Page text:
• February 27, 2024
 The rules of intestacy

The rules of intestacy

The question of “Who inherits when there is no valid will?” is one we frequently get asked.

Articles on the rules of intestacy always generate interest. Whether it is people wanting to understand more about them and the potential impact on their own lives, or as part of their professional role, it’s a subject seemingly still shrouded in a little mystery.

Intestacy is when someone dies without a valid will being in place. The rules of intestacy are effectively a pre-defined order of who is entitled to inherit. The rules also cover instances of partial intestacy where a valid will does not deal with all the deceased’s estate.

And it’s not just from those working in the Private Client world, either. In a video published earlier this year on the Today’s Wills and Probate website on the topic, we were struck by the engagement levels from other areas of law outside of Probate, such as Conveyancing and Family Law. Whilst it’s perhaps natural to consider it as just a probate-related matter, actually the rules of intestacy can have an impact in these other worlds, too.

It’s worth remembering that the term ‘blended family’ is not recognised under the rules of intestacy. Whilst fully adopted children are recognised, foster children and stepchildren are not (unless they have been adopted in by their stepparent).

Perhaps most infamously, the rules make no allowance for cohabiting couples who are not married or in a civil partnership i.e. often (and incorrectly) referred to as “Common Law spouse”. This can turn out to be particularly troublesome, given that the cohabiting couple is the fastest growing living arrangement in England and Wales.

In short, the rules of intestacy can be something of a legal minefield and that’s why we created our Rules of Intestacy flowchart which we hope you will find useful.

If you require any further assistance around the rules of intestacy please view our dedicated web page on the topic or just get in contact as we’d be happy to help.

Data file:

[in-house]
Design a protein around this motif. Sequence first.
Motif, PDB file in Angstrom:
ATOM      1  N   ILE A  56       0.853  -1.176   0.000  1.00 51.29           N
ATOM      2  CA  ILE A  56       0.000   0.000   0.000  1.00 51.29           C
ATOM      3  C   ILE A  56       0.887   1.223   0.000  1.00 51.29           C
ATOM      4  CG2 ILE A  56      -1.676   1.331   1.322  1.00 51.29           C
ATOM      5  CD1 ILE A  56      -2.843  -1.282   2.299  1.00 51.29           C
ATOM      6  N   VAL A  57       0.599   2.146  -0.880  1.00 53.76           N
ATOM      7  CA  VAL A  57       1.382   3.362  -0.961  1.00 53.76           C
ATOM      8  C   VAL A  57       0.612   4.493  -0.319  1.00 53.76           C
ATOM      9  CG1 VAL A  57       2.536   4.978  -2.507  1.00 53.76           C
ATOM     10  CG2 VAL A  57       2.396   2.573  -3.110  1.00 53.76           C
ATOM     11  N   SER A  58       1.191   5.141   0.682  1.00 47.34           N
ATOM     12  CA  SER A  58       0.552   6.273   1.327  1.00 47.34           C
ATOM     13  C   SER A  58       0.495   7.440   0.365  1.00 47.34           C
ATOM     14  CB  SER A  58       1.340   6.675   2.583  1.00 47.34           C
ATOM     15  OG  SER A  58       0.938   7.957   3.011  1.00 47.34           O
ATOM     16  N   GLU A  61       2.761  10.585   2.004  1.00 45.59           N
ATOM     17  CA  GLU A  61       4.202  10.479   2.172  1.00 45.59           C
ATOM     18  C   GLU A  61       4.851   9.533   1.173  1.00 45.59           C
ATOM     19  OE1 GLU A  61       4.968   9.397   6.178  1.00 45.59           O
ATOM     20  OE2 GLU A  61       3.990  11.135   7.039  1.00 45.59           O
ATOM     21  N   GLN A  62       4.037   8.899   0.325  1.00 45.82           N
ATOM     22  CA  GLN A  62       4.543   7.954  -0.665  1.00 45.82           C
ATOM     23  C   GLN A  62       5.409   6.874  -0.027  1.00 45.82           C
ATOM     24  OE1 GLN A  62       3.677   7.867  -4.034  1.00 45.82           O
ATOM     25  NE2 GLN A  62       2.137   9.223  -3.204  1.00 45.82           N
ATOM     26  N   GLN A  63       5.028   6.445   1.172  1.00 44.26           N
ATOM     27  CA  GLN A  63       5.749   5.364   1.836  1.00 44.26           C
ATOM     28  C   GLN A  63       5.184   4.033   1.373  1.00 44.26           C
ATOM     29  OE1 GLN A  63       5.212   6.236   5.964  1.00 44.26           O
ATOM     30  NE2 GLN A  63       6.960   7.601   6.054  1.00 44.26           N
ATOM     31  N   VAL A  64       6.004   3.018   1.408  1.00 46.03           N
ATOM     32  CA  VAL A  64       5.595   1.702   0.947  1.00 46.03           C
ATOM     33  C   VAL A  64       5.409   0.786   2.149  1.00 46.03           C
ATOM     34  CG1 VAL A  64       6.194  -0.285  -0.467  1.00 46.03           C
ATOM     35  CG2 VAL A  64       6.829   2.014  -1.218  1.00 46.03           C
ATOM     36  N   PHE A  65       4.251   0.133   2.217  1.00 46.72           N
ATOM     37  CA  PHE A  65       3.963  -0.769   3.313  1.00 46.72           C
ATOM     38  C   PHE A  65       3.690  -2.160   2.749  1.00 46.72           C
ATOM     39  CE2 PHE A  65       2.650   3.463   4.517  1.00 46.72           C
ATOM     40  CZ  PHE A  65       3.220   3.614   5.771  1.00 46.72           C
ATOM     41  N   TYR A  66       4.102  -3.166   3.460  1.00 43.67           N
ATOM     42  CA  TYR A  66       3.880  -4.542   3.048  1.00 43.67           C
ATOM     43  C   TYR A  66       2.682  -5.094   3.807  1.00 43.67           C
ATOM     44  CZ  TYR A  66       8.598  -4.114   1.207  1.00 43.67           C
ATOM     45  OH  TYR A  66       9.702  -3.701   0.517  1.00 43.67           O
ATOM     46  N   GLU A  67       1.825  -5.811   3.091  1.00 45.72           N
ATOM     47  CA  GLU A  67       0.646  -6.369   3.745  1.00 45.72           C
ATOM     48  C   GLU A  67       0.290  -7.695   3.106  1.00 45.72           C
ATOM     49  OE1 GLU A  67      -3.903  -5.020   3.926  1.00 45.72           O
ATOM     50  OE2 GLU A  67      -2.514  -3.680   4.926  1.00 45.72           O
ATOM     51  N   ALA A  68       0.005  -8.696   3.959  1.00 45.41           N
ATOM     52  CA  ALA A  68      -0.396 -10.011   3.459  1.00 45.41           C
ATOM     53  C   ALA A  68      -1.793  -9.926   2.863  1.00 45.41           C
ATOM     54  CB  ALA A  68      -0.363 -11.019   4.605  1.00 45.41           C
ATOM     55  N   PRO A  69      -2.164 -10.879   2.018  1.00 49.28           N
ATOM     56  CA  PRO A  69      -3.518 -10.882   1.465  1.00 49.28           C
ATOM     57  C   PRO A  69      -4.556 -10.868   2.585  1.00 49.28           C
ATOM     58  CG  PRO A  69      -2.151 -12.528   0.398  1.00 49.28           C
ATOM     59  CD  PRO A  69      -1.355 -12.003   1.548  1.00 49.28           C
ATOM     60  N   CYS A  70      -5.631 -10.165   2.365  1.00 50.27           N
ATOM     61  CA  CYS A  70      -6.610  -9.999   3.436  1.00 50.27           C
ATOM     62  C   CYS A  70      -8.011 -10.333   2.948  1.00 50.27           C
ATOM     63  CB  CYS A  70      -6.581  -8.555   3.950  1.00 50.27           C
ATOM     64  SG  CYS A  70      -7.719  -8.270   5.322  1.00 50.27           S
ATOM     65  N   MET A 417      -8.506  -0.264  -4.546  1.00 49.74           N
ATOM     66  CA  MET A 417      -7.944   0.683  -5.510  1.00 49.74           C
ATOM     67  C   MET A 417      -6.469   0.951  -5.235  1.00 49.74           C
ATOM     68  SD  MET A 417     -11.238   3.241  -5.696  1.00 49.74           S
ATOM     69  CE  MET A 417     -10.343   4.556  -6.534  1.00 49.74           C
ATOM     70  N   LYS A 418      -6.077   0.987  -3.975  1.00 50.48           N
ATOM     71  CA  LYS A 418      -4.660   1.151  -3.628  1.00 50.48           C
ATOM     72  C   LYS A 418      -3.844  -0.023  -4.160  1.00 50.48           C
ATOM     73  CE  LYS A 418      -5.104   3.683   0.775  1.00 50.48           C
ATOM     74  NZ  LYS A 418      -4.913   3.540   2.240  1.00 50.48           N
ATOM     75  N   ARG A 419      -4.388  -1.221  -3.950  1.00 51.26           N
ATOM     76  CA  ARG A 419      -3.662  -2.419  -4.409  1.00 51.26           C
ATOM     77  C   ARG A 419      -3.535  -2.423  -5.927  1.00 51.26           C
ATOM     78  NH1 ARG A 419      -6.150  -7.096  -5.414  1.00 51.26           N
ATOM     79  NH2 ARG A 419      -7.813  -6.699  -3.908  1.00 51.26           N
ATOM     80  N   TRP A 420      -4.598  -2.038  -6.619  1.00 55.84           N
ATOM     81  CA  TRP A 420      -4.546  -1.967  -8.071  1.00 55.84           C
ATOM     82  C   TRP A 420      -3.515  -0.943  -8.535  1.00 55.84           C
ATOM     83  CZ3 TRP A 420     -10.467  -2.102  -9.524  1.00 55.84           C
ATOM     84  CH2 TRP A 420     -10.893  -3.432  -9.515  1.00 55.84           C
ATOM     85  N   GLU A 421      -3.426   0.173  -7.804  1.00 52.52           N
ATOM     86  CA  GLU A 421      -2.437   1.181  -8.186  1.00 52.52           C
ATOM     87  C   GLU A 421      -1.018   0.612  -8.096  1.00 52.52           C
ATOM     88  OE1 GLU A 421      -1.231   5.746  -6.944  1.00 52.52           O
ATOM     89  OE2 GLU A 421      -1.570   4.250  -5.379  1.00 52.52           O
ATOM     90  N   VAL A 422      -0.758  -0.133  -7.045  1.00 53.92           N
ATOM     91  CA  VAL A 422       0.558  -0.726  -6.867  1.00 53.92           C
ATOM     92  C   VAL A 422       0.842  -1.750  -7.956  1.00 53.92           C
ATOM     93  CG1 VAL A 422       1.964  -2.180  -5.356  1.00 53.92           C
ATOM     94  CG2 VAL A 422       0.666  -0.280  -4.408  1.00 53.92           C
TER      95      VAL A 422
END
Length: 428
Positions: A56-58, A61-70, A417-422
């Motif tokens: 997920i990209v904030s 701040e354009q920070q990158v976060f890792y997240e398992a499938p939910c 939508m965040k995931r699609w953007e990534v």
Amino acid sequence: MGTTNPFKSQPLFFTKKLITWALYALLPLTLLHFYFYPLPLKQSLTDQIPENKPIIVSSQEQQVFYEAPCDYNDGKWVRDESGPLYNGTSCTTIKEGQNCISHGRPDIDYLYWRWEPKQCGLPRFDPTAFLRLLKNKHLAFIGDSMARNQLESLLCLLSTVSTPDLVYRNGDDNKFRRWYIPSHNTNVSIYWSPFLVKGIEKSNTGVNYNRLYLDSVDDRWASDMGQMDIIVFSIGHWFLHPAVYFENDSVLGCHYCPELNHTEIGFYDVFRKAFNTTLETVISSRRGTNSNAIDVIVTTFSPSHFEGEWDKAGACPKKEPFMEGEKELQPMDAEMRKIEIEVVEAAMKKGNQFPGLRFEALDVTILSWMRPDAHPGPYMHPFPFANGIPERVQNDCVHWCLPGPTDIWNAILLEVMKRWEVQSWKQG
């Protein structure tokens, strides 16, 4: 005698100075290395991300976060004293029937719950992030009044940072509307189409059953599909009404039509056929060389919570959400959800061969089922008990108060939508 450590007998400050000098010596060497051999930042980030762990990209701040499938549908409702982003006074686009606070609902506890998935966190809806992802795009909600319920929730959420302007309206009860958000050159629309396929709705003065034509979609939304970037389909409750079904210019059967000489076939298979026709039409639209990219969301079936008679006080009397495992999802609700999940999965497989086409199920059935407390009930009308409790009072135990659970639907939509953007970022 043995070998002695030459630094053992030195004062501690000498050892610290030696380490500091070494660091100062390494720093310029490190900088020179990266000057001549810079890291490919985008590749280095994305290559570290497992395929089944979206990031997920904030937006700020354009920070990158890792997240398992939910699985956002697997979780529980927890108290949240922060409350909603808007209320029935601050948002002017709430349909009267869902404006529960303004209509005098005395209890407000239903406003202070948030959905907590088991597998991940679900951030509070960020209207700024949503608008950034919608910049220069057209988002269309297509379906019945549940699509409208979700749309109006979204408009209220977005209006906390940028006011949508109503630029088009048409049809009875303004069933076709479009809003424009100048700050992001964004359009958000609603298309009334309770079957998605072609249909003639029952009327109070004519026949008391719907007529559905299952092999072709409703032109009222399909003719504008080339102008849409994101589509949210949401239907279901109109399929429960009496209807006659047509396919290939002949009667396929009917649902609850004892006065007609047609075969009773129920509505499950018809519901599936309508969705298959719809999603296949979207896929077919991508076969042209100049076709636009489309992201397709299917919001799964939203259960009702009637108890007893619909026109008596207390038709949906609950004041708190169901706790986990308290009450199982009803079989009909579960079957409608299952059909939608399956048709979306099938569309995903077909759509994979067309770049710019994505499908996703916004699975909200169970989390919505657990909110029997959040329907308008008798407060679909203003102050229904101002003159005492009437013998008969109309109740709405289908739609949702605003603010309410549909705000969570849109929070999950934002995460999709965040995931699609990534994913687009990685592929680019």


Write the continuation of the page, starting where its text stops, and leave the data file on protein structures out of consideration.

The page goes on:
This article was submitted to be published by Anglia Research as part of their advertising agreement with Today’s Wills and Probate. The views expressed in this article are those of the submitter and not those of Today’s Wills and Probate.

Anglia Research Services


Now in our sixth decade, we are a full-service probate genealogy firm, supporting probate practitioners with the estate administration process. We believe that it is our staff that sets up apart; we employ more accredited genealogists, legally qualified and independently regulated staff than any other UK probate research firm. The calibre of our team means that we find relatives fast and, crucially, we do not cut corners. Our dedicated team of genealogists liaise with a global network of agents to connect with missing beneficiaries, lost or unknown heirs, and the rightful owners of unclaimed assets. Established in 1979, Anglia Research has traced thousands of missing heirs in the UK and around the world. Founder Peter Turvey is an active member of the Association of Genealogists and Researchers in Archives (AGRA), which is the only provider of genealogical accreditation in England and Wales and where knowledge and professionalism are required and tested. Our industry-leading services have been featured on popular TV programmes, including the BBC’s "Who Do You Think You Are?" and "A House Through Time". The firm is headquartered in Ipswich, Suffolk with further offices in the UK and throughout the world. Key Services: Main Contact Details: Key Contact